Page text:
Holacracy Community of Practice Archive, 2015-2019 Community Holacracy Web Site

Employees

Hello, 
I read a lot about Holacracy the last time - and there is one question I have; my experiences as a leader is that there are always people who need more instructions than others; how does Holacracy deal with those employees?
for me, personally, it is a perfect management-system, but I know that there are other characters who are not able to work in this way; and for me this not only a disadvantage, although sometimes for me it was very exhausting to handle the team and different characters;

Maybe you have similar experiences...

5 Replies
Julia
01/09/2017

You are right that using Holacracy doesn't suddenly mean that everyone is self-sufficient and requires no input/guidance/support/mentoring/feedback from others.

We have done a couple of things:

  • Created roles of mentor/coach for certain individuals who are more junior
  • Created a role who is responsible for providing more formal support, feedback, development and performane management if someone is constantly under-performing and something mroe formal needs doing
  • Tried to create a culture where providing developmental feedback among peers is the norm through the use of regular anonymous peer feedback, staff surveys, an anonymous channel for staff to vent if they need to, and encouraging in the moment feedback

 

Some ideas anyway....

oskar
01/09/2017

People are different and their abilities and learning speed as well. It creates a lot of tension in you as Manager, if you have to compensate the difference, because you feel responsible for them. 

Holacracy gives everyone the possibility to regulate the learning speed by them-self(-> being self-responsible). If there is frequent need (=tension) for support, the organisation will create solutions. Like the good examples Julia mentioned.

And the best - no one has to be exhausted anymore :-)

Jeff Kreh
01/09/2017

If I understand you correctly, the tension is that some participants in the organization still act/think like employees who require management. Like [@mention:508806870940037068] points out, Holacracy gives possibility through empowerment (i.e., imposing self-responsibility). This is not for everyone and some will need to opt out in order to make way for incoming participants that can better align with the self-governance culture from their start. In time, I think the claim that practicing Holacracy helps transform those who are willing to submit to the call for self-leadership proves true. Still, for many humans, there is a huge gap between being led and having a self-leadership mentality.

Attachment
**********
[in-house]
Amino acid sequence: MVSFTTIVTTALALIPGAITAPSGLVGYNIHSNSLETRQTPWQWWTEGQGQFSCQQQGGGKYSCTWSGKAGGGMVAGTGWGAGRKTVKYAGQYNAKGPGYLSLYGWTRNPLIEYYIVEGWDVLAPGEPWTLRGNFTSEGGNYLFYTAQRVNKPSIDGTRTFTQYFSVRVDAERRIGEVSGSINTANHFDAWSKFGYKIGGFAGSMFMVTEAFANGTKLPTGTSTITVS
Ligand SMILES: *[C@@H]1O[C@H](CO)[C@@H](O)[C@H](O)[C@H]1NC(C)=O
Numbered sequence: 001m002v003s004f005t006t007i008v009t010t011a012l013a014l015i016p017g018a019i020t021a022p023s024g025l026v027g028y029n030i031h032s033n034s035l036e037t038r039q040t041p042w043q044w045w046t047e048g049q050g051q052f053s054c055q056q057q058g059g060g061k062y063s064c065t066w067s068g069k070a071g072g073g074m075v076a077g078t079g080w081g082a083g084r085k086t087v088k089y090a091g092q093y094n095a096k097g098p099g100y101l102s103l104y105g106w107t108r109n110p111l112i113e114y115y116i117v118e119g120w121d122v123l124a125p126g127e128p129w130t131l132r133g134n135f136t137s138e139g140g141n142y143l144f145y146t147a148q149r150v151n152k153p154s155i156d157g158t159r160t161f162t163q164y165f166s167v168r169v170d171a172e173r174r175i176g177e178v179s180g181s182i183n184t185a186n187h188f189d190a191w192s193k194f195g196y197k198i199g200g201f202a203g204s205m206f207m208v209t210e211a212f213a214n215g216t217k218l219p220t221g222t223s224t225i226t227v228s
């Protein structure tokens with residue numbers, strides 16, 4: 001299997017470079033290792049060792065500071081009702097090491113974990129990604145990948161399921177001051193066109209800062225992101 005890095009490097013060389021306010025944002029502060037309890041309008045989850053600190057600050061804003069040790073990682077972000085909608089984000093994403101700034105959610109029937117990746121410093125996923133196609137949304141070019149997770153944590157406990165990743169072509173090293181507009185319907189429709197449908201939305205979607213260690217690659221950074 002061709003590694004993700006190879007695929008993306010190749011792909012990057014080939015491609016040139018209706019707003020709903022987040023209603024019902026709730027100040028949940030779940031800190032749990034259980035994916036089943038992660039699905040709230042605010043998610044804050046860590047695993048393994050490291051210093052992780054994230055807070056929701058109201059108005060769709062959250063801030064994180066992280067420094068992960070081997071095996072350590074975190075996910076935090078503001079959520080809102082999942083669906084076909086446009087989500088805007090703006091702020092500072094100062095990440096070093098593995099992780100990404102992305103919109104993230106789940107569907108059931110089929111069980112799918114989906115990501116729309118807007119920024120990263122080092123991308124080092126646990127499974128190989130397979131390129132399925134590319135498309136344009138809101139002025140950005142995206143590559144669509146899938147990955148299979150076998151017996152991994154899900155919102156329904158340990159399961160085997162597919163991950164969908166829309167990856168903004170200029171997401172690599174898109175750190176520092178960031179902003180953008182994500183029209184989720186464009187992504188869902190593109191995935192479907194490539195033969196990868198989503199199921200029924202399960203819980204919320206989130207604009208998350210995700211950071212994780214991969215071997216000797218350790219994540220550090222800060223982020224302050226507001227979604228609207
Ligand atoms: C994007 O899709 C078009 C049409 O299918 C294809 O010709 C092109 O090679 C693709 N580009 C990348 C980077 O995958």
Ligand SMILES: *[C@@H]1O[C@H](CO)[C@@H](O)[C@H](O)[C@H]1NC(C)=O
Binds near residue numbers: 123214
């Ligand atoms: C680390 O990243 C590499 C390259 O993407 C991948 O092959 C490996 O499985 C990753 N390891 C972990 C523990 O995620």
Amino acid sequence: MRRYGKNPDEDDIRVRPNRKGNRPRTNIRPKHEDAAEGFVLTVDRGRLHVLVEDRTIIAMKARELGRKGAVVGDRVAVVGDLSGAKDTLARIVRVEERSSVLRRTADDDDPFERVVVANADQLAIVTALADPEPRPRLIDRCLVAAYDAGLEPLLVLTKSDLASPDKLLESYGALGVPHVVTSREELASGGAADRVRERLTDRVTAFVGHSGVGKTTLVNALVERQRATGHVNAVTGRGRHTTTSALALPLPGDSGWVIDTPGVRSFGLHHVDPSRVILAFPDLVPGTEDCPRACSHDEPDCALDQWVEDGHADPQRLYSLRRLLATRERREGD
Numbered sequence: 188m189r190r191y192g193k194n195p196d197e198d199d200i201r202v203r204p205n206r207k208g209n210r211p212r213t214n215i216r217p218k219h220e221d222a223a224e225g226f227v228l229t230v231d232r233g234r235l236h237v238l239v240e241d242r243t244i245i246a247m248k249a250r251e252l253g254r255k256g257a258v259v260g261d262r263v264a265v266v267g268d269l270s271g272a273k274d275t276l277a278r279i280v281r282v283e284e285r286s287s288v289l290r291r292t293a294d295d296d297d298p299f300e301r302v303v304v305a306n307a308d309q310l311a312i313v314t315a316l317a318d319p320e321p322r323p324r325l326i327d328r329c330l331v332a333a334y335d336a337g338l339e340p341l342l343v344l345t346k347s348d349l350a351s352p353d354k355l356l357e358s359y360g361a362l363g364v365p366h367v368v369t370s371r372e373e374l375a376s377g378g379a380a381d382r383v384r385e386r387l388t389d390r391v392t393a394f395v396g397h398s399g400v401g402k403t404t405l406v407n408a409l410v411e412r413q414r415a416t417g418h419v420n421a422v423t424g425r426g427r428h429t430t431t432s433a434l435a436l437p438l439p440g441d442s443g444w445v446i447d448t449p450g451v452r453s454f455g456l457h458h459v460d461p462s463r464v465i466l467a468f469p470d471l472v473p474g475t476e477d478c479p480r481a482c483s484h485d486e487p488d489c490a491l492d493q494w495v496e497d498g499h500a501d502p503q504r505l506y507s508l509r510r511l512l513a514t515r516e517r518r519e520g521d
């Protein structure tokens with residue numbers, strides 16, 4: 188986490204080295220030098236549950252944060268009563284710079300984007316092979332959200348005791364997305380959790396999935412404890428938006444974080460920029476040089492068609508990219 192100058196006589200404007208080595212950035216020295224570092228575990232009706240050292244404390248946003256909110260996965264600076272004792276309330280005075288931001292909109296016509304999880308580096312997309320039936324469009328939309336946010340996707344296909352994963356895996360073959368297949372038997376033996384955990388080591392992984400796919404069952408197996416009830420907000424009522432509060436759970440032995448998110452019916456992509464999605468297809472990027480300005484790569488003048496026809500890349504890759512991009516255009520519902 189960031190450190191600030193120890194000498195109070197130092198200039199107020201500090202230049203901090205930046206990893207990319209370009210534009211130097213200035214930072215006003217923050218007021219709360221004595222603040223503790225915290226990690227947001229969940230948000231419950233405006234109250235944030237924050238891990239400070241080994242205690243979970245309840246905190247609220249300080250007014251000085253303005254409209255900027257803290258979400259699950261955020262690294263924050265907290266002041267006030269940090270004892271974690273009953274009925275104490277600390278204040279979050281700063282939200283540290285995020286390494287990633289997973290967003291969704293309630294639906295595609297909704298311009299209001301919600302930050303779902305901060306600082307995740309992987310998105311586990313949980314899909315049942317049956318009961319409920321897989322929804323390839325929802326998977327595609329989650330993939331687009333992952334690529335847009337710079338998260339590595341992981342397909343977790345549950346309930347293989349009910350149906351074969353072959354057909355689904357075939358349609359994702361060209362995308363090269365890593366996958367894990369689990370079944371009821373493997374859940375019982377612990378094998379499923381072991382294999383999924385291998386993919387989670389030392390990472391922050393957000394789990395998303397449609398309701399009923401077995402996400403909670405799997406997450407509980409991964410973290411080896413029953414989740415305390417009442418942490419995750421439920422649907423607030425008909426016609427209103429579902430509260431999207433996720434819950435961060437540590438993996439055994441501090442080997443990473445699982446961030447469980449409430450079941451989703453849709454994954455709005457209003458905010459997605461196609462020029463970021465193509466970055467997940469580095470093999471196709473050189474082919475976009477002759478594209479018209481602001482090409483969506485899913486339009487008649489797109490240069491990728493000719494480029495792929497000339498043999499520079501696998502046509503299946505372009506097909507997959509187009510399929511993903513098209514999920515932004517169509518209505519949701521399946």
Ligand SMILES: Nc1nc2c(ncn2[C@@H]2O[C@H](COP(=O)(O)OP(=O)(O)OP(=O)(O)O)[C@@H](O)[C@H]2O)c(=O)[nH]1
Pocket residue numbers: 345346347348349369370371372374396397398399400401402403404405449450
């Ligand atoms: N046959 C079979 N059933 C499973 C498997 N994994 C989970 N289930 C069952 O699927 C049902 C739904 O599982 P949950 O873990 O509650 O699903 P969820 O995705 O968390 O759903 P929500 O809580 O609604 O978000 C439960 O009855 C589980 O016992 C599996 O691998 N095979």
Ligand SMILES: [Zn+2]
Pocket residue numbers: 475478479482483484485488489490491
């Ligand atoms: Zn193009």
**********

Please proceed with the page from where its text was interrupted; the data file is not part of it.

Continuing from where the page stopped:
One way we with Likewise address developing self-leaders is through guided reading and discussion group interactions. Some people (I'd say most) simply have no concept of self-leadership and need exposure to the rich history of literature that supports this contemporary self-governance movement. From our work with prison inmates and exposing them to the possibilities/blessings of self-governance/leadership, I'd say that your regular run-of-the-mill "employee" could stand to benefit from a similar community learning experience.

Koen Veltman
01/09/2017

Hi Elena, one way to bridge this gap (tension) is to make the role-ationship explicit. For example the social media role is responsible for "sending new customer feedback to the website developer". And the copywriter for "giving feedback to the Blogger on new articles written". 

In that way you make explicit that roles depend on each other. For expertise, capacity or experience. In quite a more natural way than employees used to depend on managers. 

Keith Jarvis
04/11/2017

Julia - would you kindly share a role definition for the second bullet in your response?

Julia posted:

You are right that using Holacracy doesn't suddenly mean that everyone is self-sufficient and requires no input/guidance/support/mentoring/feedback from others.

We have done a couple of things:

  • Created roles of mentor/coach for certain individuals who are more junior
  • Created a role who is responsible for providing more formal support, feedback, development and performane management if someone is constantly under-performing and something mroe formal needs doing
  • Tried to create a culture where providing developmental feedback among peers is the norm through the use of regular anonymous peer feedback, staff surveys, an anonymous channel for staff to vent if they need to, and encouraging in the moment feedback

 

Some ideas anyway....

Anyone else with a role doing similar Holacracy version of what in traditional hierarchy might be HR compliance? If so, will you kindly share your role definition as well?

Thanks much